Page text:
11 Posters Celebrating 30 Years of the Guerrilla Girls
Thirty years ago, a band of anonymous women artists in gorilla masks began raising hell about discrimination, sexism, and racism in the art world and beyond. In celebration of the activist art collective’s anniversary, we present our favorite posters from the Girls’ Compleat Portfolio, which will be exhibited during the just-announced Guerrilla Girls Twin Cities Takeover in early 2016.
Cornell Boxes and Cake: A Visit to Utopia Parkway
Mesmerized by boxes containing “fragments of the everyday world that alluded to fragments of imaginary ones,” he set out in the rain from Manhattan one day in 1967 to visit their wizardly creator at his home on Utopia Parkway.
Initially commissioned as a birthday gift for Hugh Hefner, Jann Haworth’s soft-sculpture Playboy Bunny got a new life following a sexist encounter at London’s Playboy Club in the mid-1960s. A celebrated Pop artist and co-designer of the Beatles’ Sgt. Pepper’s Lonely Hearts Club Band album cover, Haworth tells the tale of Maid (1966), a “working girl” who isn’t a mere sex object for men.
Natascha Sadr Haghighian
A raft filled with passive world leaders. An online mashup combining a photo-op of western politicos at the Charlie Hebdo march with the deaths of hundreds of migrants in the Mediterranean, it’s an apt metaphor for an EU refugee policy that’s hopelessly adrift.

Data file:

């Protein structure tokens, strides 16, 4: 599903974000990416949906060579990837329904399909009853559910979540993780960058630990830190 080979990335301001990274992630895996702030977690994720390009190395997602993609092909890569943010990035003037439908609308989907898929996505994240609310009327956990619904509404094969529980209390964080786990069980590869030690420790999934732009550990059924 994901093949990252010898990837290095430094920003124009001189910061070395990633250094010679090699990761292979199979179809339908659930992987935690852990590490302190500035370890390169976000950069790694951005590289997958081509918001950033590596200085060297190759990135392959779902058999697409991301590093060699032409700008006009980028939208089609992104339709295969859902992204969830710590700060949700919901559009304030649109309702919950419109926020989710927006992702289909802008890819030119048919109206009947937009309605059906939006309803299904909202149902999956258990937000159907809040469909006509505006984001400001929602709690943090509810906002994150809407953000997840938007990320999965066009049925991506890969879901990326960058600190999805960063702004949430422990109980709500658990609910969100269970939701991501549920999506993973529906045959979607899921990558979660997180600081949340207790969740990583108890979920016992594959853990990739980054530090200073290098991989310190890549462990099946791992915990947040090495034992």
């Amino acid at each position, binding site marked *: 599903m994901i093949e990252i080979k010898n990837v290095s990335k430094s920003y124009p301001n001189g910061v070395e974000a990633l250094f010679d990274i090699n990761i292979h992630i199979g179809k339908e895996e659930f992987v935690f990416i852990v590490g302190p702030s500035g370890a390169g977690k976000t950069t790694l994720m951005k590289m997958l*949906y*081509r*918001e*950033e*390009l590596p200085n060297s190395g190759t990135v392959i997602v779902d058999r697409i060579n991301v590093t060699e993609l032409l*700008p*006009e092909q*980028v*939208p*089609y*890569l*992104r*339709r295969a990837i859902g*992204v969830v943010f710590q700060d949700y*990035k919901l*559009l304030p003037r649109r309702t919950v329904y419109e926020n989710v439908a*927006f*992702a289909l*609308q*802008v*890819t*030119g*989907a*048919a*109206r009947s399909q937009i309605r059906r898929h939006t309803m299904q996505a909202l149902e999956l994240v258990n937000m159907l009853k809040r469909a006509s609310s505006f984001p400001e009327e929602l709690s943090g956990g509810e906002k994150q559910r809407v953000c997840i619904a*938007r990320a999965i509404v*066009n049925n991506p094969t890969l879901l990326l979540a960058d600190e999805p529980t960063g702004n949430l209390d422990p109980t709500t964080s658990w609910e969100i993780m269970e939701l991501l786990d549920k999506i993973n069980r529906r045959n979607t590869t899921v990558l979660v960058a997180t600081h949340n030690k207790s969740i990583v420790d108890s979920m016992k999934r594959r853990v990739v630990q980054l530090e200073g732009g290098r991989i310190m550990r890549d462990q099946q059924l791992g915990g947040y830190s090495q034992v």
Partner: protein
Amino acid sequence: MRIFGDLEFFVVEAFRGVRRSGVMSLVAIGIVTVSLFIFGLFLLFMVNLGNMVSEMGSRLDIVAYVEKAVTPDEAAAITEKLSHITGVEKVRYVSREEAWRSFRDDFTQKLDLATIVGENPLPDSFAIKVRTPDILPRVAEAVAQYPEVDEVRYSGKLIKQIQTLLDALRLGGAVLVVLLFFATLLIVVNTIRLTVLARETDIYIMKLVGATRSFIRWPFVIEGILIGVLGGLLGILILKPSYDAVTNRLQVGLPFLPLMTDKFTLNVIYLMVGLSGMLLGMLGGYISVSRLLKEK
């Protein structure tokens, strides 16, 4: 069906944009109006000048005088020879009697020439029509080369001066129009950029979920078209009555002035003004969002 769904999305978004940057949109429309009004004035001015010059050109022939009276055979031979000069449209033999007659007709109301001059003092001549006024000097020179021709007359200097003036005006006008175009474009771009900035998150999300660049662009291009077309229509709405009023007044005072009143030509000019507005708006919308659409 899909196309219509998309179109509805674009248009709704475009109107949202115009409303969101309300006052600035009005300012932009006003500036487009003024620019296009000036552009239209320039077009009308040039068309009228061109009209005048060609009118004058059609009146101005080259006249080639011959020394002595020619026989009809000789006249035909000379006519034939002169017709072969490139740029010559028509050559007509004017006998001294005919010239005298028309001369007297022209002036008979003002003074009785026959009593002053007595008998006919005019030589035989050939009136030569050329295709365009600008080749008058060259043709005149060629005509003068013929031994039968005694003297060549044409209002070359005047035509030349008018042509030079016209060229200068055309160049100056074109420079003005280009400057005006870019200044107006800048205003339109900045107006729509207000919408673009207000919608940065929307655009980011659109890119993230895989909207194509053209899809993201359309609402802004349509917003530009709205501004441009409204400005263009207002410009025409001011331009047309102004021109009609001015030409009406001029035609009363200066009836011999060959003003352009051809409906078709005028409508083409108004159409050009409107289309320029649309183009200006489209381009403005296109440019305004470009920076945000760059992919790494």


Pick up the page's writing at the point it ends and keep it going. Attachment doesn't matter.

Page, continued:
An Activism of Affirmation
An Xiao Mina
From #BlackLivesMatter to the #UmbrellaMovement, the Web helps artist-activists inform, inspire, and organize around key issues. But art can play a special role within social-change movements as well: It can help transform the Internet into a space for affirmation, self-worth, and emotional healing.
Tania Bruguera: Artivism and Repression in Cuba
Leaving her Havana home on May 24 after a 100-hour public reading of The Origins of Totalitarianism, Tania Bruguera was intercepted by police—again. After releasing a white dove and throwing Hannah Arendt’s book into the sky, she was driven off in what Cuban curator Gerardo Mosquera calls “a unique case in art history: a street performance that was completed in response to its very repression.”
Taylor Renee Aldridge and Jessica Lynne
When a white, male critic wrote that African-American artist Alma Thomas’s paintings echo “the special middle-ground pleasures of domestic life,” Taylor Aldridge and Jessica Lynne wondered: How might this assessment look if written by a Black critic?
Further Speculation on Digital Arts Media’s Future(s)
Brian Droitcour, Willa Köerner, Antwaun Sargent, and others weigh in on digital art publishing’s possible futures.
Towards a New Digital Landscape
With dismal representation by women and people of color in tech and art fields, it’s time to imagine a new landscape of digital art, one that’s diverse and equitable, writes Black Contemporary Art founder Kimberly Drew. Here she highlights—in their own words—18 artists shaping this new terrain.